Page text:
Follow-up of fatty acid β-oxidation disorders in expanded newborn screening era

  • Patrícia JaneiroEmail author
  • Rita Jotta
  • Ruben Ramos
  • Cristina Florindo
  • Fátima V. Ventura
  • Laura Vilarinho
  • Isabel Tavares de Almeida
  • Ana Gaspar
Original Article


Fatty acid β-oxidation (FAO) disorders have a wide variety of symptoms, not usually evident between episodes of acute decompensations. Cardiac involvement is frequent, and severe ventricular arrhythmias are suspected of causing sudden death. Expanded newborn screening (ENS) for these disorders, hopefully, contribute to prevent potentially acute life-threatening events. In order to characterize acute decompensations observed in FAO-deficient cases identified by ENS, a retrospective analysis was performed, covering a period of 9 years. Demographic data, number/type of acute decompensations, treatment, and follow-up were considered. Eighty-three clinical charts, including 66 medium-chain acyl-CoA dehydrogenase deficiency (MCADD), 5 carnitine-uptake deficiency (CUD), 3 carnitine palmitoyltransferase I and II (CPT I/II) deficiency, 5 very long-chain acyl-CoA dehydrogenase deficiency (VLCADD), and 4 multiple acyl-CoA dehydrogenase deficiency (MADD) cases were reviewed. Nineteen patients had acute decompensations (1 CPT I, 1 CPT II, 3 MADD, 14 MCADD). Six patients developed symptoms previously to ENS diagnosis. Severe clinical manifestations included multiple organ failure, liver failure, heart failure, and sudden death. Long-chain FAO disorders had the highest number of decompensations per patient.

Conclusion: Despite earlier diagnosis by ENS, sudden deaths were not avoided and acute decompensations with severe clinical manifestations still occur as well.

What is Known:

Severe ventricular arrhythmias are suspected to cause unexpected death in FAO disorders.

Neonatal screening intends to reduce the incidence of severe metabolic crisis and death.

What is New:

Acute severe decompensations occurred in FAO disorders diagnosed through neonatal screening.

Sudden deaths were not avoided by starting treatment precociously.


Fatty acid ß-oxidation disorders Acute decompensations Sudden death 



Creatine kinase


Creatine kinase muscle and brain subunits


Carnitine palmitoyltransferase I


Carnitine palmitoyltransferase II


Carnitine-uptake deficiency


Dry blood spot


Duchenne muscular dystrophy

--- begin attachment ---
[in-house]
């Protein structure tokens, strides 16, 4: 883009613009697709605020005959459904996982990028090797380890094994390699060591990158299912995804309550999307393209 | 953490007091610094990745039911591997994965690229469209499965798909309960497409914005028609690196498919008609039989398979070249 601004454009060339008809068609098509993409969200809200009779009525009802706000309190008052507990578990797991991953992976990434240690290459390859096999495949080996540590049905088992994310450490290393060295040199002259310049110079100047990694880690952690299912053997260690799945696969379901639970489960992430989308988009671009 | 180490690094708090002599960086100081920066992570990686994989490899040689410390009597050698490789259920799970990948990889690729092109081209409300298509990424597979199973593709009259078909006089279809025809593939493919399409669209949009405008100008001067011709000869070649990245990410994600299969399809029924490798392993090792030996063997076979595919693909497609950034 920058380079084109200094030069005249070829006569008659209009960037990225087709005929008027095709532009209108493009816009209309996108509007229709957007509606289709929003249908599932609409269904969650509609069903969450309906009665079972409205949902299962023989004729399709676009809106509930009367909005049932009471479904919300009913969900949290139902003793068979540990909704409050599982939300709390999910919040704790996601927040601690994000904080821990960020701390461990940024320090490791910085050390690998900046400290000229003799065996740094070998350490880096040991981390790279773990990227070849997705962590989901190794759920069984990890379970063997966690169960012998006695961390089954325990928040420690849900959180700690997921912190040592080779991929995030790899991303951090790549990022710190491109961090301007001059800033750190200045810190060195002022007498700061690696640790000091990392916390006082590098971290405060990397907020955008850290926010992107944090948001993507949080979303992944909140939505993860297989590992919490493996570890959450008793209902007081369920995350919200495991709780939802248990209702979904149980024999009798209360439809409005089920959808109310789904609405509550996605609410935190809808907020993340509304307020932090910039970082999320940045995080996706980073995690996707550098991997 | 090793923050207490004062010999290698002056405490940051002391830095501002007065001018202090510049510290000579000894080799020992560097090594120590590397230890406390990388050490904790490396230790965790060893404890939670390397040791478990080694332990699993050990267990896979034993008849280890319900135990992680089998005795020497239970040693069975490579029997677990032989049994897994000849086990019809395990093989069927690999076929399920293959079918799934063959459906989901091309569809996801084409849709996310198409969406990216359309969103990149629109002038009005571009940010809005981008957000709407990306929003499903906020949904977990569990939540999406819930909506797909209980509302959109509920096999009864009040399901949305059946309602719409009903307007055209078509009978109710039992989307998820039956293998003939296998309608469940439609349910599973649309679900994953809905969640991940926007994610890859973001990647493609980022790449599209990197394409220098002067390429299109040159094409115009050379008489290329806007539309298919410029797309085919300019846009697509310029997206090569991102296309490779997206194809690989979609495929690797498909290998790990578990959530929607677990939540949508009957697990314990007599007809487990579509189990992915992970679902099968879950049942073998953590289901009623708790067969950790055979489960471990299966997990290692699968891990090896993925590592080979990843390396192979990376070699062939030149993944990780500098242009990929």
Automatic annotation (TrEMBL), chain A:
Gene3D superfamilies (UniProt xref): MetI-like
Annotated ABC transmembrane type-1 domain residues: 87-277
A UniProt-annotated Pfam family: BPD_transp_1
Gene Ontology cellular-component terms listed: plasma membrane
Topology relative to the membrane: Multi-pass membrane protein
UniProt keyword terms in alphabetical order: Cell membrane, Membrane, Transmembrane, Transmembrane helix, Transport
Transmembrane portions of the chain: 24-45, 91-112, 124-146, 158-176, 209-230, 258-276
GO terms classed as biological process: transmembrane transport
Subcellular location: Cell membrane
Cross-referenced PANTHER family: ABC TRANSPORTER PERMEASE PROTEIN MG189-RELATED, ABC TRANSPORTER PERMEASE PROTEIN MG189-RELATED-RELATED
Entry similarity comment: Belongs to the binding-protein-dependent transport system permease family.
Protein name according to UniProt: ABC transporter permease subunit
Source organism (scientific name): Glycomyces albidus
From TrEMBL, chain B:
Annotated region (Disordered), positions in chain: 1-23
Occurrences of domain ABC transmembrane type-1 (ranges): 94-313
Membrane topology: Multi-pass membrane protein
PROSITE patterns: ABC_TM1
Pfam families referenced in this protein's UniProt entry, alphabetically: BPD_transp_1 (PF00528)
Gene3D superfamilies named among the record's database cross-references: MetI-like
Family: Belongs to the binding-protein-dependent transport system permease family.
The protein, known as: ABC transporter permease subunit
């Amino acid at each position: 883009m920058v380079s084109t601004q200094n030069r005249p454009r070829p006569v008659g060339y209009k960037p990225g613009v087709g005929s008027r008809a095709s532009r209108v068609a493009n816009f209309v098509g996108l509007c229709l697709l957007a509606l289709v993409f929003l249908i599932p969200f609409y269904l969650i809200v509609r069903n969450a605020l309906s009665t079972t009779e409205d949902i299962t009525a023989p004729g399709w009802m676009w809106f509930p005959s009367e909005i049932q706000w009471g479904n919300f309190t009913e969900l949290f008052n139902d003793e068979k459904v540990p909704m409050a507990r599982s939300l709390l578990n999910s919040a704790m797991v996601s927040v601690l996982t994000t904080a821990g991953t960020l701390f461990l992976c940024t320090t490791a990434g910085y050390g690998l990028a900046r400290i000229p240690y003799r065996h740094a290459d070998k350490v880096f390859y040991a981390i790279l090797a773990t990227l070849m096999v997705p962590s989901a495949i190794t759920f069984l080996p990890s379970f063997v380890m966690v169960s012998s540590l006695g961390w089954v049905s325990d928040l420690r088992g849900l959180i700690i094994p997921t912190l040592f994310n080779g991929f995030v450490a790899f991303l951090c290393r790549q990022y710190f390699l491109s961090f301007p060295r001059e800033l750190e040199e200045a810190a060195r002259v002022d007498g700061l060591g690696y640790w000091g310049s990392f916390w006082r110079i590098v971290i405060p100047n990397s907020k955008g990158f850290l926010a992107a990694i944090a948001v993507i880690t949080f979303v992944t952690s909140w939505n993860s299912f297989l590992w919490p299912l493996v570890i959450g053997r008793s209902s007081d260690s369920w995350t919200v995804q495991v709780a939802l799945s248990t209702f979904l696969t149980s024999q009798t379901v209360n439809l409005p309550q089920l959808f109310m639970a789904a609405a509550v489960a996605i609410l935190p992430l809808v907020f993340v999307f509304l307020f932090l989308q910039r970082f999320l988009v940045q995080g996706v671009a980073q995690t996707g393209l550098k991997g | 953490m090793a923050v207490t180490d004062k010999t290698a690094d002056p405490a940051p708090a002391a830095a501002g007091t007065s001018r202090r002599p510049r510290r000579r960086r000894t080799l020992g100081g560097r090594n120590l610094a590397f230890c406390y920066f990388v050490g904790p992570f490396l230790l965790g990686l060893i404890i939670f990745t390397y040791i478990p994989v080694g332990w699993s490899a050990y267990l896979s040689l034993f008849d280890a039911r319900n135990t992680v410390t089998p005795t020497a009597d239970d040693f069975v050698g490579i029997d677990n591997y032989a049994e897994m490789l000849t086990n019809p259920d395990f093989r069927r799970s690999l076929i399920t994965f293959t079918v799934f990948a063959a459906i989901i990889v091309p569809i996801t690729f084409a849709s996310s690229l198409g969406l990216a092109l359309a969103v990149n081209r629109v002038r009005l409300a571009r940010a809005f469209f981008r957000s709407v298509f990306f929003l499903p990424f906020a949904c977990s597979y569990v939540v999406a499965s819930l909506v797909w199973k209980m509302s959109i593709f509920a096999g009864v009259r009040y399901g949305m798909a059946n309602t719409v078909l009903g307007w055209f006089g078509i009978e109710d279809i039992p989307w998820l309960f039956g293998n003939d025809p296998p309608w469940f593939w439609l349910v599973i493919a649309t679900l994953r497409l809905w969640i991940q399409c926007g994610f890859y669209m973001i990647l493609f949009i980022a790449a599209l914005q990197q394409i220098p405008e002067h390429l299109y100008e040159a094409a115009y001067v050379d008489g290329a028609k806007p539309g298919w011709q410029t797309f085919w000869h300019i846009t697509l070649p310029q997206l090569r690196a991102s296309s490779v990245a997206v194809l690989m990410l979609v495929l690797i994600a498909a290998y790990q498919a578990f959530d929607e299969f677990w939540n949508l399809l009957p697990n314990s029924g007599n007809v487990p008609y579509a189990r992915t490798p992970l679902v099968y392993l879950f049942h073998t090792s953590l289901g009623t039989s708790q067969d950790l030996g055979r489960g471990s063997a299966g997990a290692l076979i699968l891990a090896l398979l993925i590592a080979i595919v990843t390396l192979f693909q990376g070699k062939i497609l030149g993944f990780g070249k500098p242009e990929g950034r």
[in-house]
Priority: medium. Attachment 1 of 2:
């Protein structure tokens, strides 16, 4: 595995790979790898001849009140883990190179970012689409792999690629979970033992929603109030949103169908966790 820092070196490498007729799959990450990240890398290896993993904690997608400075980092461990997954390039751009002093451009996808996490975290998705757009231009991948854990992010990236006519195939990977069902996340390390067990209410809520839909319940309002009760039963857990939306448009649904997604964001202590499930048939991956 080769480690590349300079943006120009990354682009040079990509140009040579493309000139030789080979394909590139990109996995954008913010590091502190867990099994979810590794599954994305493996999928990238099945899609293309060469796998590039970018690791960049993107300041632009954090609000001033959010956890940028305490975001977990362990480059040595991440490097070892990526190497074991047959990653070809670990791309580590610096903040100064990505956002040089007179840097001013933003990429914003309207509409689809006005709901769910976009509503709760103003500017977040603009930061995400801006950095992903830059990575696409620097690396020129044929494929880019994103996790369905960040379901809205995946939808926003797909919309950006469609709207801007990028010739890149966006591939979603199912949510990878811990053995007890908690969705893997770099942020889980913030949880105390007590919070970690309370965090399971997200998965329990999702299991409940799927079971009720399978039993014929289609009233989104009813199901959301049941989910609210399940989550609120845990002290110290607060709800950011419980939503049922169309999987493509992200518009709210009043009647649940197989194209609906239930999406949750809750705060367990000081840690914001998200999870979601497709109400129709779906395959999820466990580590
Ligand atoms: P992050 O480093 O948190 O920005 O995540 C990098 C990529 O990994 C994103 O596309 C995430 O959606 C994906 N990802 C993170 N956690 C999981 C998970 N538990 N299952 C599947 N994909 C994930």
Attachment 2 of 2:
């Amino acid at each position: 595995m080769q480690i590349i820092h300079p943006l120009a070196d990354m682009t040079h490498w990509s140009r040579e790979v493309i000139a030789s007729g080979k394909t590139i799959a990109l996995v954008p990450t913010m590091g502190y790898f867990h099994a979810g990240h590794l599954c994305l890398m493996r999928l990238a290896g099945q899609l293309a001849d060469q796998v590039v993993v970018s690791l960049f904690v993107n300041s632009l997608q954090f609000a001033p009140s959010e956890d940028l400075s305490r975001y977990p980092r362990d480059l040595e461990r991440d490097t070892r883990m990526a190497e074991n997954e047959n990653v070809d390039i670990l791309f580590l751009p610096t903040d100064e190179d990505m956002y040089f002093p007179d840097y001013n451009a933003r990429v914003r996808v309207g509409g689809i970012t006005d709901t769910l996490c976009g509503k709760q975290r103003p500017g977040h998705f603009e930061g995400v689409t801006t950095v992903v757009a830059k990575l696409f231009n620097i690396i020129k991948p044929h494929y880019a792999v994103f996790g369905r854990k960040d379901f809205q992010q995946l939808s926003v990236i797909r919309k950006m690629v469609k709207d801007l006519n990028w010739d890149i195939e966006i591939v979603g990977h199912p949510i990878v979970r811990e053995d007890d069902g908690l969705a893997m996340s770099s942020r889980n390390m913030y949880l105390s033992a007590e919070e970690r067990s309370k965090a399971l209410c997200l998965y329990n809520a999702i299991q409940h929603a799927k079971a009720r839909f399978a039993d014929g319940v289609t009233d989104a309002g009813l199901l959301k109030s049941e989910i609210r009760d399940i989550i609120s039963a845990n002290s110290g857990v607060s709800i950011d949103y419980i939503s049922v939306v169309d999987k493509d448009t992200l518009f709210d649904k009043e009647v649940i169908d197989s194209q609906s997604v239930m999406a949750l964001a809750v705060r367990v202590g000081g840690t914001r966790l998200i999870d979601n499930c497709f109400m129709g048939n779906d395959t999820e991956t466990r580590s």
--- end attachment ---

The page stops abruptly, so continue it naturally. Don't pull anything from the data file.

Expanded newborn screening


Fatty acid β-oxidation


Long-chain fatty acid oxidation disorders


Multiple acyl-CoA dehydrogenase deficiency


Medium-chain acyl-CoA dehydrogenase deficiency


Refference values


Very long-chain acyl-CoA dehydrogenase deficiency


Authors’ Contributions

The planning, carrying out, and reporting of the work was done by Patrícia Janeiro with guidance from Isabel Tavares de Almeida. Rita Jotta had a major contribution in data collection. Ruben Ramos and Fátima Ventura contributed with biochemical and molecular studies. Laura Vilarinho provided neonatal screening data. Ana Gaspar provided clinical outcome data and contributed in the article review process.

Compliance with ethical statements

Conflict of interest

The authors declare that they have no conflict of interest.

Informed consent

This article does not contain any studies with human participants or animals performed by any of the authors. For this type of study, formal consent is not required.


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Copyright information

© Springer-Verlag GmbH Germany, part of Springer Nature 2019

Authors and Affiliations

  1. 1.Centro de Referência de Doenças Hereditárias do Metabolismo, Departamento de Pediatria MédicaHospital de Santa Maria – CHULNLisbonPortugal
  2. 2.Serviço de Pediatria Médica, Departamento de PediatriaHospital de Santa Maria – CHULNLisbonPortugal
  3. 3.Laboratório de Metabolismos e GenéticaFaculdade de Farmácia da Universidade de LisboaLisbonPortugal
  4. 4.Unidade de Rastreio Neonatal Metabolismo e Genética, Departamento de Genética HumanaInstituto Nacional de Saúde Dr. Ricardo JorgePortoPortugal

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